Stage 3 Oesophageal Cancer, spread to... - Oesophageal Patie...

Oesophageal Patients Association
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Stage 3 Oesophageal Cancer, spread to lymph nodes & brain


Hi Folks,

My Dad was diagnosed with late stage 3 oesophageal cancer with 2 impacts lymph nodes. Until today the plan was to undergo a 6 week session of radio & chemo, followed hopefully by surgery. Today, the results of an MRI showed something on the brain which shows the cancer has spread and that has become the priority - at this point they're looking at focusing on reducing the side of that rather than a cure for the oesophagus.

This has all happened extremely quickly (about 2 months since he first felt ill) so I'm quite new to this whole thing. He's 58 and otherwise in good health. While I understand the severity of this and the logic behind shifting focus to the brain and playing it from there I wanted to reach out for two things;

1. Advice on specialists in this field - Our medical team in Ireland is great but I'm curious if there's an exceptional doctor we should consider abroad.

2. Experience and advice on best practice - Has anyone gone through a similar diagnosis.

Again, I appreciate that this is a major blow to his initial diagnosis, and we'll learn more about his timeline in the coming days. I literally just got the news so wanted to get the ball rolling on research and addressing this in the best way.

Thanks in advance for any help

10 Replies


It can be rather subjective trying to name specialists. I guess we tend to go with who we know.

There are also several disciplines involved from Oncology through to Surgery.

My Surgeon is a Mr James Gossage and he would be a good starting point - Give him a Google. He is based in London Bridge & St Thomas hospitals.

He saved my life which makes me massively biased. But he is a recognised specialist in this field and is open, honest and trustworthy.

I wish you both well. Good luck.

HONORIUS in reply to brucemillar

As Bruce says, the most heartfelt recommendation will inevitably be for a consultant whose practice has saved one's life: I am deeply indebted to the skill of Simon Dwerryhouse at Gloucester Royal, a recognised centre of excellence for the treatment of oesophageal cancer. His diligence and humanity, lack of condescension and irreproachable pastoral care - not only to me as his patient but to my wife and daughter as equally enmeshed in the process - is nothing short of humbling. A great surgeon and a lovely man.

brucemillar in reply to HONORIUS

I liked that reply so much, I wanted to like it twice.

I feel honored to have met and spent time with these people being in their care. They ask for nothing but happily give everything to us, people that they had never met.

HONORIUS in reply to brucemillar

I couldn't agree more. I knew Simon was the the right stuff from the day we met. I was worried that my consultant would be a gob in a bow-tie. Instead, I met a generous and patient man who from the outset I recognised as an ally. As I was leaving his office on that first meeting, he took my hand and said, "we shall take very good care of you, you know." He then took my wife's hands and said: "...and we shall take very good care of you." After eight and a half hours of surgery, it was he who called my wife and daughter to let them know that the procedure had gone well; and his post-operative care has been of the same kidney. In awe.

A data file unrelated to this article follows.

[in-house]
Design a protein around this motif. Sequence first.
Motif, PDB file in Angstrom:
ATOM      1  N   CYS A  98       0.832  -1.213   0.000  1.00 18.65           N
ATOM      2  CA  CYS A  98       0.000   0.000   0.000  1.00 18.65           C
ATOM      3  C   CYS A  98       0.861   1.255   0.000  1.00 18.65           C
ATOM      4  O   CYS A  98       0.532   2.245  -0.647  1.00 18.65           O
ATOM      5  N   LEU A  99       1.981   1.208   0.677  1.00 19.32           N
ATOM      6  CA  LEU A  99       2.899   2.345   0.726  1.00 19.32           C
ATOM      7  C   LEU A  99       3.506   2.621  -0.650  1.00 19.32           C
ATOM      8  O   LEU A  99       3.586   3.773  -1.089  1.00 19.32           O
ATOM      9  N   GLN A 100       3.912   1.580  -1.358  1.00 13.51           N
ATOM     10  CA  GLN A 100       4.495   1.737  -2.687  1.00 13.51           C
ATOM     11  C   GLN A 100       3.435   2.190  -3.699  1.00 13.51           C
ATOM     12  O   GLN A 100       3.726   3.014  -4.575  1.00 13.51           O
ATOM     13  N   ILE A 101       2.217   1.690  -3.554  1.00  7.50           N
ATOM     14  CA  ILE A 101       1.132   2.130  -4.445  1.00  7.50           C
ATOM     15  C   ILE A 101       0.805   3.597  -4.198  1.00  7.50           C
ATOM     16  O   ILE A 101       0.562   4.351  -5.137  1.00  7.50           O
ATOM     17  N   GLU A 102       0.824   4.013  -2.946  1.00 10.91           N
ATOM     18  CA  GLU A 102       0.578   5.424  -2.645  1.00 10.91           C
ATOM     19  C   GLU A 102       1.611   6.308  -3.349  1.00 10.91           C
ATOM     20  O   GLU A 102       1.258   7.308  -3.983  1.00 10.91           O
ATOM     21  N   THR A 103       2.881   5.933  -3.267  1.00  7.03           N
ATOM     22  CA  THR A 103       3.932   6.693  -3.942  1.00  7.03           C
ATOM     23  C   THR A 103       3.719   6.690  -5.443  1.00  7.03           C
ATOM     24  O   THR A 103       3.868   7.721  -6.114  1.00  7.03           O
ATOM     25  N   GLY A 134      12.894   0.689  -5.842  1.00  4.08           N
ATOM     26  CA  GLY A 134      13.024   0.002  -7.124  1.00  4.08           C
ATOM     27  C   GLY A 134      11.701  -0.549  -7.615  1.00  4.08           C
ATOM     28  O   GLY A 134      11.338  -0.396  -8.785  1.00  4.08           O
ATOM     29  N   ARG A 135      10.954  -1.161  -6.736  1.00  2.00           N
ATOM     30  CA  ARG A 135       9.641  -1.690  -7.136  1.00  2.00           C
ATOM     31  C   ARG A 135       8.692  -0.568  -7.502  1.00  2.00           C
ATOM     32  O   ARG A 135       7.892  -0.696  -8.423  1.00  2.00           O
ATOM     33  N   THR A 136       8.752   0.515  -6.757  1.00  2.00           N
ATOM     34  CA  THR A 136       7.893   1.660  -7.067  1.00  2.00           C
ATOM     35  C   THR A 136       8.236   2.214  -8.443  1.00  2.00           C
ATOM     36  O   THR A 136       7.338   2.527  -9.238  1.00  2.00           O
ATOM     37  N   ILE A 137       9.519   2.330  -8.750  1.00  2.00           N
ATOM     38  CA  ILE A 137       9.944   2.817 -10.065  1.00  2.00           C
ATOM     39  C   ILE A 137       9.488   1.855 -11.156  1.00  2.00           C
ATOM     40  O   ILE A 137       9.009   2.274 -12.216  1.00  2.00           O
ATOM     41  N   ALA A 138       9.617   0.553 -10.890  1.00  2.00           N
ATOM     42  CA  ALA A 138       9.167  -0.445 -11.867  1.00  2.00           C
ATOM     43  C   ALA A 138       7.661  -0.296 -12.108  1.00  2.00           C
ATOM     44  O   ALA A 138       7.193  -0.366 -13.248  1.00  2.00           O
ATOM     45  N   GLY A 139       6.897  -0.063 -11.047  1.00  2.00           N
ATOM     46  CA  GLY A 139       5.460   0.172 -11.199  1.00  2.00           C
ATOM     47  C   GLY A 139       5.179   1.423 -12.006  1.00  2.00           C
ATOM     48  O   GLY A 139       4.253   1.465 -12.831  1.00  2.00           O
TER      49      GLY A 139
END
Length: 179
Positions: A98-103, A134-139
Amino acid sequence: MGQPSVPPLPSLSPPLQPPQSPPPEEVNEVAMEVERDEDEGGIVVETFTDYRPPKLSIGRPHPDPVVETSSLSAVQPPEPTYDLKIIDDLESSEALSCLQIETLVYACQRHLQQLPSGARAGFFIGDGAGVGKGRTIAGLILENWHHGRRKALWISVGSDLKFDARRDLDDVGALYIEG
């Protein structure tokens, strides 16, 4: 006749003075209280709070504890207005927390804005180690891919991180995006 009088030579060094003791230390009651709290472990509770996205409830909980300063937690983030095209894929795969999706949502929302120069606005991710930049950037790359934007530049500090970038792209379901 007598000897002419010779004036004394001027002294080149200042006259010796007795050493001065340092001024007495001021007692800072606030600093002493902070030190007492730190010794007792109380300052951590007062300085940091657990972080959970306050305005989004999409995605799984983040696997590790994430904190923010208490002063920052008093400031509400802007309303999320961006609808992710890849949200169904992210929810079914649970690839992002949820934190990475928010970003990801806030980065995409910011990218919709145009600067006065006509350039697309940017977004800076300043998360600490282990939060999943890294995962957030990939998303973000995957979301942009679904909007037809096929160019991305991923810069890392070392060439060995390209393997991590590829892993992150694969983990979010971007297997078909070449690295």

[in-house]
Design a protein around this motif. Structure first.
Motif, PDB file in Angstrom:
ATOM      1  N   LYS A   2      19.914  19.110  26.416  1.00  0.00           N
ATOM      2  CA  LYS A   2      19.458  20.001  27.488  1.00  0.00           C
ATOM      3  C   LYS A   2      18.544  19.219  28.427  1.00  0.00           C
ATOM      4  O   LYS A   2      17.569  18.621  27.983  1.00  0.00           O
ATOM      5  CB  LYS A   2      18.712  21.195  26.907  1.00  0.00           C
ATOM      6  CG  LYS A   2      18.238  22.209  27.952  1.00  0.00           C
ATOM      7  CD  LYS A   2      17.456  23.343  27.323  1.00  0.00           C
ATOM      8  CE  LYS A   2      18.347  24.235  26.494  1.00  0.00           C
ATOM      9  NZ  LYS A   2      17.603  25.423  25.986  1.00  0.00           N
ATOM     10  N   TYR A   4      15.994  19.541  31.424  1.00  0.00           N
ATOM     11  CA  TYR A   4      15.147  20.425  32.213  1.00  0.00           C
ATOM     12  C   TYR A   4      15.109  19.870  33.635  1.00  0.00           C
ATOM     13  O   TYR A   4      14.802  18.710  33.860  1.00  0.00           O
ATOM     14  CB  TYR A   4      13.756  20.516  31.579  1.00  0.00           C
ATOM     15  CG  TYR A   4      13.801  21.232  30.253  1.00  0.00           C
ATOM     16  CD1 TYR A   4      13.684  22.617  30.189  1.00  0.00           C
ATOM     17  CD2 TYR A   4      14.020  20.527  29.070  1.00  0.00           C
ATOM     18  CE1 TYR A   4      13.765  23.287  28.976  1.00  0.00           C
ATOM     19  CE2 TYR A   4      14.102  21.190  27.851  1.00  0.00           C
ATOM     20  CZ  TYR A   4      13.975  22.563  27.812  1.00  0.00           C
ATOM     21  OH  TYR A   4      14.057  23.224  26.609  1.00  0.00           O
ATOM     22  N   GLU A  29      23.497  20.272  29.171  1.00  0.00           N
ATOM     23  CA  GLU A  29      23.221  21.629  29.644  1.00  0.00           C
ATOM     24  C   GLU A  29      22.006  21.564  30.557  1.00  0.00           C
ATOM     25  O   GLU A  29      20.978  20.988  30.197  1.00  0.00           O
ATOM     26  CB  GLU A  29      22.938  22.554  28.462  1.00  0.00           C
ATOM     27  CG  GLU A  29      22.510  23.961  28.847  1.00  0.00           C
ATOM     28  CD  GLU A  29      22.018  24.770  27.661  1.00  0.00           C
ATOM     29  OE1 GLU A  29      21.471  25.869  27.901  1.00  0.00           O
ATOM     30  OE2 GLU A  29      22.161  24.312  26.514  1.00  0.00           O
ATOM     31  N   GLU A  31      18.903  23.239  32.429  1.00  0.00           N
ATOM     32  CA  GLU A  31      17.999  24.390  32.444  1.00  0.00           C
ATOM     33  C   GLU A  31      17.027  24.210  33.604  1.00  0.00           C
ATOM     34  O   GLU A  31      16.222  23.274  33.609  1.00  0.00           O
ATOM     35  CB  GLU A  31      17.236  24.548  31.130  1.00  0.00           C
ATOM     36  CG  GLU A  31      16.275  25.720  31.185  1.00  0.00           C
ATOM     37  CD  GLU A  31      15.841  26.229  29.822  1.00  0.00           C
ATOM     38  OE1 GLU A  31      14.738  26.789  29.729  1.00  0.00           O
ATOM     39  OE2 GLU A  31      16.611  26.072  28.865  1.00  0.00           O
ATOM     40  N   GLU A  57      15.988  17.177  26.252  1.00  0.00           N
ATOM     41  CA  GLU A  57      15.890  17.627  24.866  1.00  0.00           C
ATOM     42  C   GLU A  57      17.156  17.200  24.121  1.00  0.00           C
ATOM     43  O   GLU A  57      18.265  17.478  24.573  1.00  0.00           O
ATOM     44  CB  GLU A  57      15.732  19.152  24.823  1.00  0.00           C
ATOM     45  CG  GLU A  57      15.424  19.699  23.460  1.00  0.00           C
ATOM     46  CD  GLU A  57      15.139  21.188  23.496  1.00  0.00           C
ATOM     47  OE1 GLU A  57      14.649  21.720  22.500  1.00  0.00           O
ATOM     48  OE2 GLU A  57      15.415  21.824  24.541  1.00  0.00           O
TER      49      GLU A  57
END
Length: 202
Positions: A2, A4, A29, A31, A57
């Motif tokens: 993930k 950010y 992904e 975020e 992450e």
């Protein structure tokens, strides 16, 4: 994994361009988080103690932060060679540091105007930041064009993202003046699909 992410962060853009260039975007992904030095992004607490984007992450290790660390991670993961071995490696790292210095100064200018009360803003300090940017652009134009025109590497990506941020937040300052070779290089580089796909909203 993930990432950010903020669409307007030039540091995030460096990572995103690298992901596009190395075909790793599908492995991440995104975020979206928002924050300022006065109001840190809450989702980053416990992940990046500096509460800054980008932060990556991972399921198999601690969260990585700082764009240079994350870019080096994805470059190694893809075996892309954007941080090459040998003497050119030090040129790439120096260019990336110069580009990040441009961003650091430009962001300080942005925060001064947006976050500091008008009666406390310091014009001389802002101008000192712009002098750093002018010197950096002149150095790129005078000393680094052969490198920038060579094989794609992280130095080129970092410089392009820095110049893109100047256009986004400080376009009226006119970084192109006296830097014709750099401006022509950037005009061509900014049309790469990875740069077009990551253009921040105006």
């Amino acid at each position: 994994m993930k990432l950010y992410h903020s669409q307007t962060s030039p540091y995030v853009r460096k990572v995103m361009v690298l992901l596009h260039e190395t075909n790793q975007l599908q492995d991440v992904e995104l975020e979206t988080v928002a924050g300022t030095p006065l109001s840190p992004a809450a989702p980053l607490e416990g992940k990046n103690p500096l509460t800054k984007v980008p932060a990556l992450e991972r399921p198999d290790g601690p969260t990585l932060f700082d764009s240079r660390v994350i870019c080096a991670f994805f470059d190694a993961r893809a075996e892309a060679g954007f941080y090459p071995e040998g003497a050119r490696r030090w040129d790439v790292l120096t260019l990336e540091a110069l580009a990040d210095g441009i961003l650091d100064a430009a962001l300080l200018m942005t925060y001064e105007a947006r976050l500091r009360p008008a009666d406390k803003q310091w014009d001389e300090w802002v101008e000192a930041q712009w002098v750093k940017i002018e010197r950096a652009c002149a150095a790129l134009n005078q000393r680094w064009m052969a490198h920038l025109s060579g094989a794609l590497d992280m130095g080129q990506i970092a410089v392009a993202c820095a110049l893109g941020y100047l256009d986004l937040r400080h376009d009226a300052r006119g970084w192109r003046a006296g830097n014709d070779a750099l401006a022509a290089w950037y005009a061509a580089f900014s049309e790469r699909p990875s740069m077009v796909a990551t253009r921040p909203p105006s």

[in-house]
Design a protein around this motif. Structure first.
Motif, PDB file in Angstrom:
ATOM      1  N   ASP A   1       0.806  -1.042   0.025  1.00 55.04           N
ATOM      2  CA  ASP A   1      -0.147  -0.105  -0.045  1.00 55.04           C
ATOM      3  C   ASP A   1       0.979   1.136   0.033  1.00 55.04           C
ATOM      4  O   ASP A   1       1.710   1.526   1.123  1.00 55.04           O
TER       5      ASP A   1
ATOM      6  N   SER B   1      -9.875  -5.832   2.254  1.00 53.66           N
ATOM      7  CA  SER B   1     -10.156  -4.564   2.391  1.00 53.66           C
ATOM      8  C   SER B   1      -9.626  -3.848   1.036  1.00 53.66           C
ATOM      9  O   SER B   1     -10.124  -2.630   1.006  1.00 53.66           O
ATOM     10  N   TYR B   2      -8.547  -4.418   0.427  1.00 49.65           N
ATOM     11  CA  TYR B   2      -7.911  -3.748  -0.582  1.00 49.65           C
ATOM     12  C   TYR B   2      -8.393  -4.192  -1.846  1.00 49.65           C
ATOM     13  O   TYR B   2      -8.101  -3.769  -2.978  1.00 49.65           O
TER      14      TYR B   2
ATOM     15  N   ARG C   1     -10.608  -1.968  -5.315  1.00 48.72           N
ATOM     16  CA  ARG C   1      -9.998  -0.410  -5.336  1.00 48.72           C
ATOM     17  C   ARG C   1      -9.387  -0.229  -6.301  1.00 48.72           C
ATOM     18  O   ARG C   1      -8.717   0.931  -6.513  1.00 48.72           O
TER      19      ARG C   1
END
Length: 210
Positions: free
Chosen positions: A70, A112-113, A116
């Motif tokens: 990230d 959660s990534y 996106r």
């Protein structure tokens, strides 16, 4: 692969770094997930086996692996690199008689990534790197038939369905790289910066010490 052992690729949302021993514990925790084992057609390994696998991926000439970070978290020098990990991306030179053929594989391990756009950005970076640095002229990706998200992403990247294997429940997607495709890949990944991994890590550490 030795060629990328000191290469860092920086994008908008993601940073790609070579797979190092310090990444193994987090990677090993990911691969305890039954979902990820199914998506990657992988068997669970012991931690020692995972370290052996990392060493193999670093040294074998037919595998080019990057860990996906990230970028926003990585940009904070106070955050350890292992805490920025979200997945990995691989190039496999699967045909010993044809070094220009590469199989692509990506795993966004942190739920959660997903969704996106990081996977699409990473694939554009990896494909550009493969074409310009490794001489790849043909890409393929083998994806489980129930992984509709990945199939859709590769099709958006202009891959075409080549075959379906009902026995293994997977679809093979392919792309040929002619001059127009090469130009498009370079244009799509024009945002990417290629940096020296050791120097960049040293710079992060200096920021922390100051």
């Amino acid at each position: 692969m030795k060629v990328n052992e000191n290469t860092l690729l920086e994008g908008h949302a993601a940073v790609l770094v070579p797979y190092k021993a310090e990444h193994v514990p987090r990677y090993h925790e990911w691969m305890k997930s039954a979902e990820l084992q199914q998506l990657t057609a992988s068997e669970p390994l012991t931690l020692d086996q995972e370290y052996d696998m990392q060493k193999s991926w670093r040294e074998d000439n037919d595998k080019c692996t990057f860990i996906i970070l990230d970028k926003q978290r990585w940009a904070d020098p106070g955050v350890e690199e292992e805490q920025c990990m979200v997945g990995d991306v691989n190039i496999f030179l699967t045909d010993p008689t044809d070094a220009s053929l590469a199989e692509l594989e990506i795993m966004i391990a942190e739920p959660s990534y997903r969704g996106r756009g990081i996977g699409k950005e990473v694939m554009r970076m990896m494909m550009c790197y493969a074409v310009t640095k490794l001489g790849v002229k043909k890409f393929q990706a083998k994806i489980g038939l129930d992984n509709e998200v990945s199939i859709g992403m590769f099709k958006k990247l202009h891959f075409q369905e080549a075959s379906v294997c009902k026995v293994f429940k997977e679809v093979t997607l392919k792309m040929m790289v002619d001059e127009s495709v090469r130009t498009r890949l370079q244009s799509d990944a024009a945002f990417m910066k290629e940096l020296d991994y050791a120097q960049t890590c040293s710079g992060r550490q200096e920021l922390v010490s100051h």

brucemillar in reply to HONORIUS

Without starting a contest ;^). This mirrors my experience with James Gossage. Oddly (at the time) I was warned "he looks very young". He does indeed. But within seconds of meeting, I knew I was with the right person and I never once felt the need to question that position again.

He has been our rock, our go to place and comfort. Every question answered with a detail that we can understand and a politeness that is inspiring. When I met his team, I met the same ethics, same approach and same warm feeling. You cannot bottle this (shame).

Anyway. My point is that there are so many brilliant people out there who will happily give their time and expertise to you and your father. I also found that they were happy to give praise on their colleagues with James at one point offering me a "second opinion" something that I never took up and never regretted.

mcdonnp1 in reply to brucemillar

Thank you both so much for your replies. I’m in the process of getting my Dad’s records so I can try get second opinions. As mentioned, our current team are great, I just want to get as many opinions as possible due to the complexity added to his situation with the spot on the brain.

Such inspiring testimonials.

How much easier my path would have been if only I could say the same.

But I've still enjoyed an extra 26 years.

mcdonnp1... I wonder if you should be looking for a centre where Proton Beam Therapy is available.

Thank you, I’m meeting the team today and will raise this

I'm sure Proton beam would be the best option for the brain tumour, although the uk gov has recently bought 2 or 3 of these machines I don't know if they are up and running yet. I met a chap who had been travelling to Prague to get this very treatment, he had bowel cancer and it was working for him.

Because I couldn't complete my post-Op chemo, I went to a Hyper-Baric Oxygen presure chamber for 6 months, there were people there with various types of cancer being treated. Its another option and something to try. best of luck I hope he pulls thru.

Thank you, will definitely explore this

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